“If you look at the border areas, they are marked by kibbutzim,” Palgi says. “They really were a tool in many ways in the creation of the country. And they are still essential to maintaining the country’s borders.”
Kibbutz members historically volunteered for elite military units, especially the Air Force, at disproportionate rates. The same held true in Israel’s Parliament, the Knesset. During the first decade of statehood, about 25 of the 120 Knesset members were kibbutzniks even though they comprised just five percent of the general population.
Getz notes that Israel’s first prime minister, David Ben-Gurion, joined a kibbutz when he was already in his late 60s, well aware of the strong symbolic correlation between leadership and kibbutz membership.
The collective farms also bred extraordinary creativity. One of Israel’s most well known songwriters, David Zehavi, was born on Kibbutz Na’an in 1910. The Israel Prize-winning Gevatron Chorus was founded in Kibbutz Geva around 1948 and is still going strong today. Kibbutz culture is a strong influence in the literature of prominent Israeli authors such as Meir Shalev, Amos Oz and Uri Orlev.
“For many years, a kibbutz member who was an acknowledged writer, musician or artist would get two days a week off from his kibbutz duties to do his writing or music or art or choreography, and would be provided with all the materials he needed,” Palgi relates.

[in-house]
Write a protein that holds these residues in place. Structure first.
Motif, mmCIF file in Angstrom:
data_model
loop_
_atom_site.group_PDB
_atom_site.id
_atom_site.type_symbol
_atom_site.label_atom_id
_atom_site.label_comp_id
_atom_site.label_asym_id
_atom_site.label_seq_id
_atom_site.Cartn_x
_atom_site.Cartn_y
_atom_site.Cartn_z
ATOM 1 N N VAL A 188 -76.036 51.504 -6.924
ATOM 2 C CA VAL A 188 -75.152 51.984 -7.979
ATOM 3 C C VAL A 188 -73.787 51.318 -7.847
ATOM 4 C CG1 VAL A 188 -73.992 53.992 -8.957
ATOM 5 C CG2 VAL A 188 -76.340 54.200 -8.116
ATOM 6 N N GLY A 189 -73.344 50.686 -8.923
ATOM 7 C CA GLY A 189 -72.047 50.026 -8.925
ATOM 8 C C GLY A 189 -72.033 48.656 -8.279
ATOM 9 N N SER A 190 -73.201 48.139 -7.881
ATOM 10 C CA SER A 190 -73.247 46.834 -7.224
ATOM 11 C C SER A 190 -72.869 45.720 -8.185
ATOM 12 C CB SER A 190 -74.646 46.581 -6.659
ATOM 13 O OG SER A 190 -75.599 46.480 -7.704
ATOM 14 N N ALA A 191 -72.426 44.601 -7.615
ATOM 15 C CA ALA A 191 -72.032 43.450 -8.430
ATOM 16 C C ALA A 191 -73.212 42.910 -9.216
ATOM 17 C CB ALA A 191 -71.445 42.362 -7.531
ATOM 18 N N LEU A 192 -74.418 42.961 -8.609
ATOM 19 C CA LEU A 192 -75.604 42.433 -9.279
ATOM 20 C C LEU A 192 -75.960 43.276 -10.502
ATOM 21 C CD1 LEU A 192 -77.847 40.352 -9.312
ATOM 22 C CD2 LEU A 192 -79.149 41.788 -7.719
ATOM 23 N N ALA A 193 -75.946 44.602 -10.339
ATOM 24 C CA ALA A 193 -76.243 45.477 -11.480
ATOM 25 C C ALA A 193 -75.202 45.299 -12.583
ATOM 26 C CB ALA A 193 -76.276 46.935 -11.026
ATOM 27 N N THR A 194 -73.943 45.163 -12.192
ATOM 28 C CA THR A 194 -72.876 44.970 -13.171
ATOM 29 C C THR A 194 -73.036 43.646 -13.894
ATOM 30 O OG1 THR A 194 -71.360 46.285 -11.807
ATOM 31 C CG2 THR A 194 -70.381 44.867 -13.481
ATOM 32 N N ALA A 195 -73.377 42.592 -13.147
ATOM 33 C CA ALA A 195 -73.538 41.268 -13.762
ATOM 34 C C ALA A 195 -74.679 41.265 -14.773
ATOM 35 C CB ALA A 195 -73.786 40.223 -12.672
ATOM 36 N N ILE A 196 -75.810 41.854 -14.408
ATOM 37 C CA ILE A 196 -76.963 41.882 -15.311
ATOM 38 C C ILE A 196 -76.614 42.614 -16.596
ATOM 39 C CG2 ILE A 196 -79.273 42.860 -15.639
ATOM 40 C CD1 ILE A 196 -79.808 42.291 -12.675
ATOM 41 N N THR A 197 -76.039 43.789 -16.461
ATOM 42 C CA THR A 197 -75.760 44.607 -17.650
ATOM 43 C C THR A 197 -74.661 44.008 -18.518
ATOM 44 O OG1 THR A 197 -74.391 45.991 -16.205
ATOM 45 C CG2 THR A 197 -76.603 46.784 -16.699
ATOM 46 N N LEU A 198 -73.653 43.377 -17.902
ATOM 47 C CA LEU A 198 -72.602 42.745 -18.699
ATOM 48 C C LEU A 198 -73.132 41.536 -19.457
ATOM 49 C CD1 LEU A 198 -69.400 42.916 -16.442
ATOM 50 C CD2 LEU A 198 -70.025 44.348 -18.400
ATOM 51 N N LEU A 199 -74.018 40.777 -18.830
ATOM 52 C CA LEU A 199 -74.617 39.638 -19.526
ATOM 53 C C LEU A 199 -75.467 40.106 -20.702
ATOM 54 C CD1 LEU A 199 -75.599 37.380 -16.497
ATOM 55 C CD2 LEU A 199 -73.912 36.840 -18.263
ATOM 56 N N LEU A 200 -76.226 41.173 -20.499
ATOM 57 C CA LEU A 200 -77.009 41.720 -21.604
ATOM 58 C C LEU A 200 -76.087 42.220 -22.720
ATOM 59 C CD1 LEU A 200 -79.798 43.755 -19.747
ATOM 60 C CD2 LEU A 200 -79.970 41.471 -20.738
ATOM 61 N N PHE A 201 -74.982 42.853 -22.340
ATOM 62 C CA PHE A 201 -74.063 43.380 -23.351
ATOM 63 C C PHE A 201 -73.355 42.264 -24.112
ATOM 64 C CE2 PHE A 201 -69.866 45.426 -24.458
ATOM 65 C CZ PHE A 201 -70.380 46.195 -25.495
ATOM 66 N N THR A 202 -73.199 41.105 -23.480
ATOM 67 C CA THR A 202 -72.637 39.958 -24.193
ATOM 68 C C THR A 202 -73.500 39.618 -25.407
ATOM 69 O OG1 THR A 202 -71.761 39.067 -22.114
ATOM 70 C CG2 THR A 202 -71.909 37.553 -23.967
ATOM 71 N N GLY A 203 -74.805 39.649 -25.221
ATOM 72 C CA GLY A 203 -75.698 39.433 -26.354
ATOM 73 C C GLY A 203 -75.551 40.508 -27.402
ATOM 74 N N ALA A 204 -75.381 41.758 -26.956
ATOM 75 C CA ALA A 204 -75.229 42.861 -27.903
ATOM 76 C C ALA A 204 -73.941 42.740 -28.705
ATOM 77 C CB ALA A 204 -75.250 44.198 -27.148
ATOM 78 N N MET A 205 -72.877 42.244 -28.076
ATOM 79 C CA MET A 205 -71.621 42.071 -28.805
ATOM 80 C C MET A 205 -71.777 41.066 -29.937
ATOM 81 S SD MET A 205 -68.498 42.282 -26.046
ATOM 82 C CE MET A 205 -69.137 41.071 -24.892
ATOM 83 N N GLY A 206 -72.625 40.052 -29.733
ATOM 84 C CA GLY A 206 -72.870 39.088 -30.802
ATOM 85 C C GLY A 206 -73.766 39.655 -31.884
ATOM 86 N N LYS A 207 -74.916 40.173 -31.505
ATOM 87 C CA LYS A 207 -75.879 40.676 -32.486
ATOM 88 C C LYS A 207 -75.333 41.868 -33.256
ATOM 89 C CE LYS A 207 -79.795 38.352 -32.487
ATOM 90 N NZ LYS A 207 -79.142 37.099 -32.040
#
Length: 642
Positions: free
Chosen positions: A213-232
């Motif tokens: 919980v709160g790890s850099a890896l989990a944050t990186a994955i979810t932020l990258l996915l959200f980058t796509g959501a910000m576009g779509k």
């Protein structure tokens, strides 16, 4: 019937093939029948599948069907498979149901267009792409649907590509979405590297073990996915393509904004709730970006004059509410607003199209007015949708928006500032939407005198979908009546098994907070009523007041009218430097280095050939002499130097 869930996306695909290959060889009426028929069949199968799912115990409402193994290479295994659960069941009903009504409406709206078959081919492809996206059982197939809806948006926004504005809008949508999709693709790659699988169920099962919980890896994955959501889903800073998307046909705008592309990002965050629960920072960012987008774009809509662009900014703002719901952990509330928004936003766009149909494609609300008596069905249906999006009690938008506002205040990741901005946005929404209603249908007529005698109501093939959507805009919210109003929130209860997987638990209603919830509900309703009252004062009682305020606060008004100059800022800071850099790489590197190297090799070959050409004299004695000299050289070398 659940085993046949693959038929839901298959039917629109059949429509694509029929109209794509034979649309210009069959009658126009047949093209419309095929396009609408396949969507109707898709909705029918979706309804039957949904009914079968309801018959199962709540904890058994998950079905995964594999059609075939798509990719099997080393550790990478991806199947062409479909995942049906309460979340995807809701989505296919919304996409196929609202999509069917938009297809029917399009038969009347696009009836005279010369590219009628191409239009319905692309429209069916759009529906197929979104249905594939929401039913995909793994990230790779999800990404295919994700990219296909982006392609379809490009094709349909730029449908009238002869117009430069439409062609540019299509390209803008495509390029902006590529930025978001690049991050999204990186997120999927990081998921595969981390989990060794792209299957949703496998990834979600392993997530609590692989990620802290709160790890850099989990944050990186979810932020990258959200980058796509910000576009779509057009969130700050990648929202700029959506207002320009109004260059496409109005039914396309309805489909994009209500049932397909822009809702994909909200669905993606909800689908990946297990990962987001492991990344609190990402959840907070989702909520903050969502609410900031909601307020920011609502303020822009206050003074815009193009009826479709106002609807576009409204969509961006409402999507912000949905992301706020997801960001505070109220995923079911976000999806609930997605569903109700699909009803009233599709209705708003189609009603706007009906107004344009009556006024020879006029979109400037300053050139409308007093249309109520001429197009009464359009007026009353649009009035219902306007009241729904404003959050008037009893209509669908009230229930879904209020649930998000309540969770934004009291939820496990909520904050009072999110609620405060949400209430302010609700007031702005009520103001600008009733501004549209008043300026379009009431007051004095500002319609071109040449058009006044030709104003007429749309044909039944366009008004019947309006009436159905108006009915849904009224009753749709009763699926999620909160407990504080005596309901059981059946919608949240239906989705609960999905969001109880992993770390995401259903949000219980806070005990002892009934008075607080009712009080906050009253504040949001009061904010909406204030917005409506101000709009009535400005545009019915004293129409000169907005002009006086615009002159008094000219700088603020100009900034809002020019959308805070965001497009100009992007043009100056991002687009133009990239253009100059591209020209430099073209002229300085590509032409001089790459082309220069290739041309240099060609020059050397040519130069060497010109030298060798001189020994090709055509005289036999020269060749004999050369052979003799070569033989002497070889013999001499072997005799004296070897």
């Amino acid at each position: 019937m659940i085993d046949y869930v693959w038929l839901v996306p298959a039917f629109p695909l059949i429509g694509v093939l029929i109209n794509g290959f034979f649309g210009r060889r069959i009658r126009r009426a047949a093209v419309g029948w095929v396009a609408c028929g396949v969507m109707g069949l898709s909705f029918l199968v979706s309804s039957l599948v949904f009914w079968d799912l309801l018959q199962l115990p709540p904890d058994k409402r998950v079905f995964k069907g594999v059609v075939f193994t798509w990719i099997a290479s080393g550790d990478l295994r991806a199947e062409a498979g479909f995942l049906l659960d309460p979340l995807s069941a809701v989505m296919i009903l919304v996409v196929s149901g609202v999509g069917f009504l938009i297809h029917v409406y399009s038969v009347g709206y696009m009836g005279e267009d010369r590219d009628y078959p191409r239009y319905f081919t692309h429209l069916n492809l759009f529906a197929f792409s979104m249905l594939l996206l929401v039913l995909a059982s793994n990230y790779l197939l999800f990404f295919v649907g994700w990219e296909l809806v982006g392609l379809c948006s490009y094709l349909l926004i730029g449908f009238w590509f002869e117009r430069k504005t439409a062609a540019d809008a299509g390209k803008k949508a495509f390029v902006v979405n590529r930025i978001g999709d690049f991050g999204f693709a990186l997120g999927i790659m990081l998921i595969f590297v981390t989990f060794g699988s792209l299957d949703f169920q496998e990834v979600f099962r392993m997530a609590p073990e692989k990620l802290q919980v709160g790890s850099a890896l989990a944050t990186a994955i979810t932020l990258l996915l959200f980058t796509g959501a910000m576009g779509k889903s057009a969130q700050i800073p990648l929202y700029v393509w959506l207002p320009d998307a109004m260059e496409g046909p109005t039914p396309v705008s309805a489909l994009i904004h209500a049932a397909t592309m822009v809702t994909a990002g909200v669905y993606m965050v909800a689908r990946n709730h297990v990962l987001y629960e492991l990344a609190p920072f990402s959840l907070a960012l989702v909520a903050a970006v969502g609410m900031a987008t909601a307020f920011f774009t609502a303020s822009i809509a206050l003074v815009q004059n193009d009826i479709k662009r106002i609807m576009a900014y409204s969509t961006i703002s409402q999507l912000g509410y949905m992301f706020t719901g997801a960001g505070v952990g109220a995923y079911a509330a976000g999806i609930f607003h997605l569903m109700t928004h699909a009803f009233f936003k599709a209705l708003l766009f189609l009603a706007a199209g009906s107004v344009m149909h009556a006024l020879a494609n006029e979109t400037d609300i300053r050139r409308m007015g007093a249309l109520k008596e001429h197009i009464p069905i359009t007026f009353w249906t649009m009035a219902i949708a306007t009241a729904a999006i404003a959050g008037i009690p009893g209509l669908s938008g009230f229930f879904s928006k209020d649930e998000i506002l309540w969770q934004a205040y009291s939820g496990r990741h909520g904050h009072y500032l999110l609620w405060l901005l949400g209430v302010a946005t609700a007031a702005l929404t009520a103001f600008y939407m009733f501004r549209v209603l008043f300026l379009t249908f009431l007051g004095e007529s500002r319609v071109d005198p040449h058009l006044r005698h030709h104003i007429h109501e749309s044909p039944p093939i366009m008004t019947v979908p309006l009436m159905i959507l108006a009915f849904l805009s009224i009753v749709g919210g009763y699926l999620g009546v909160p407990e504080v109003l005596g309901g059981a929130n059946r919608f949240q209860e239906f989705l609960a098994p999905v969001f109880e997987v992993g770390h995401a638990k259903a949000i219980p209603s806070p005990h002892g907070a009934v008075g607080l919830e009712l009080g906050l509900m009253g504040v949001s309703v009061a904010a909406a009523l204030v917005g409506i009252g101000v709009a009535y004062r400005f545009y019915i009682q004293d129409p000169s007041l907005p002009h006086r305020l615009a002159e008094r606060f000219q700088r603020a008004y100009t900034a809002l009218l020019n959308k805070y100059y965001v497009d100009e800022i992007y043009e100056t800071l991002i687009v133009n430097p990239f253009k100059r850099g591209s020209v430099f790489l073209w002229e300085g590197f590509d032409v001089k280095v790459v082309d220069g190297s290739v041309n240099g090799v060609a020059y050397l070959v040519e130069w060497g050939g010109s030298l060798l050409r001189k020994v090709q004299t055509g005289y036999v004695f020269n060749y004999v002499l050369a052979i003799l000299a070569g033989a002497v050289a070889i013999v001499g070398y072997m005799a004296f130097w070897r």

The Kibbutz Movement today sponsors a theater group, a dance company, a choir and a chamber orchestra.
As an invention of immigrants, kibbutzim continued attracting newcomers – most notably, World War II refugees and Holocaust survivors, many of them orphaned children from the same European countries the founders had come from. Jewish refugees from Arab lands, whose culture was radically different, were not as warmly welcomed. But kibbutzim did provide a fresh start to thousands of young people.
The author Orlev vividly remembers coming to Kibbutz Ginegar in the Jezreel Valley at the age of 14 at the end of 1945, having survived the Warsaw Ghetto and Bergen-Belsen. “After the war and the ghetto, I was so disappointed in adults who couldn’t save themselves or their children,” he said in a 2009 interview. “Suddenly I was seeing strong and healthy Jewish people who were farmers, who had weapons to guard the kibbutz. It was a new system of life.”